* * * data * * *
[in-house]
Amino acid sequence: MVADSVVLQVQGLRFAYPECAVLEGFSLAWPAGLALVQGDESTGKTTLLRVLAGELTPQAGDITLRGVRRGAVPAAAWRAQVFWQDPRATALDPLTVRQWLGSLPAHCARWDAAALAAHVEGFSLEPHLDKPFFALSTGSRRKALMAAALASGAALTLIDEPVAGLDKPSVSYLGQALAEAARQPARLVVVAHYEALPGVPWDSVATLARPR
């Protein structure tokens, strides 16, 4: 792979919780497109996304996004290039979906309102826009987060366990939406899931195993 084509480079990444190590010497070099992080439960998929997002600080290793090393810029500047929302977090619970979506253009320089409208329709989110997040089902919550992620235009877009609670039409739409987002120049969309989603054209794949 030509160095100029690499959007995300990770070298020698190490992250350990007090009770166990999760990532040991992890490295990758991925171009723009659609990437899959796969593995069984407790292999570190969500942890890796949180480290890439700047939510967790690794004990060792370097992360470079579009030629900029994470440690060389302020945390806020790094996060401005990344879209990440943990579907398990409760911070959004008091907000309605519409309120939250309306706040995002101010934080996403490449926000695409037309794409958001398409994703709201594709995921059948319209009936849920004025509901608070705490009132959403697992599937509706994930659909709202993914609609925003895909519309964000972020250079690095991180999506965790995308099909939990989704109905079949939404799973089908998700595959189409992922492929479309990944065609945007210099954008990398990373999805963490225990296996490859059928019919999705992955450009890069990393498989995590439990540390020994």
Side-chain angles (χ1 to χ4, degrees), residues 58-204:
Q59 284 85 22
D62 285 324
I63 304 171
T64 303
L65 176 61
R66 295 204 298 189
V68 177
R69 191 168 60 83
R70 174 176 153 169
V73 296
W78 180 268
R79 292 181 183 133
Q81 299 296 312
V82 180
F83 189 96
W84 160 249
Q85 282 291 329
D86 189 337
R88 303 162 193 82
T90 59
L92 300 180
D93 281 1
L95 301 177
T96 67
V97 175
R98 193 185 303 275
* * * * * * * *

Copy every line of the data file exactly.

[in-house]
Amino acid sequence: MVADSVVLQVQGLRFAYPECAVLEGFSLAWPAGLALVQGDESTGKTTLLRVLAGELTPQAGDITLRGVRRGAVPAAAWRAQVFWQDPRATALDPLTVRQWLGSLPAHCARWDAAALAAHVEGFSLEPHLDKPFFALSTGSRRKALMAAALASGAALTLIDEPVAGLDKPSVSYLGQALAEAARQPARLVVVAHYEALPGVPWDSVATLARPR
């Protein structure tokens, strides 16, 4: 792979919780497109996304996004290039979906309102826009987060366990939406899931195993 084509480079990444190590010497070099992080439960998929997002600080290793090393810029500047929302977090619970979506253009320089409208329709989110997040089902919550992620235009877009609670039409739409987002120049969309989603054209794949 030509160095100029690499959007995300990770070298020698190490992250350990007090009770166990999760990532040991992890490295990758991925171009723009659609990437899959796969593995069984407790292999570190969500942890890796949180480290890439700047939510967790690794004990060792370097992360470079579009030629900029994470440690060389302020945390806020790094996060401005990344879209990440943990579907398990409760911070959004008091907000309605519409309120939250309306706040995002101010934080996403490449926000695409037309794409958001398409994703709201594709995921059948319209009936849920004025509901608070705490009132959403697992599937509706994930659909709202993914609609925003895909519309964000972020250079690095991180999506965790995308099909939990989704109905079949939404799973089908998700595959189409992922492929479309990944065609945007210099954008990398990373999805963490225990296996490859059928019919999705992955450009890069990393498989995590439990540390020994």
Side-chain angles (χ1 to χ4, degrees), residues 58-204:
Q59 284 85 22
D62 285 324
I63 304 171
T64 303
L65 176 61
R66 295 204 298 189
V68 177
R69 191 168 60 83
R70 174 176 153 169
V73 296
W78 180 268
R79 292 181 183 133
Q81 299 296 312
V82 180
F83 189 96
W84 160 249
Q85 282 291 329
D86 189 337
R88 303 162 193 82
T90 59
L92 300 180
D93 281 1
L95 301 177
T96 67
V97 175
R98 193 185 303 275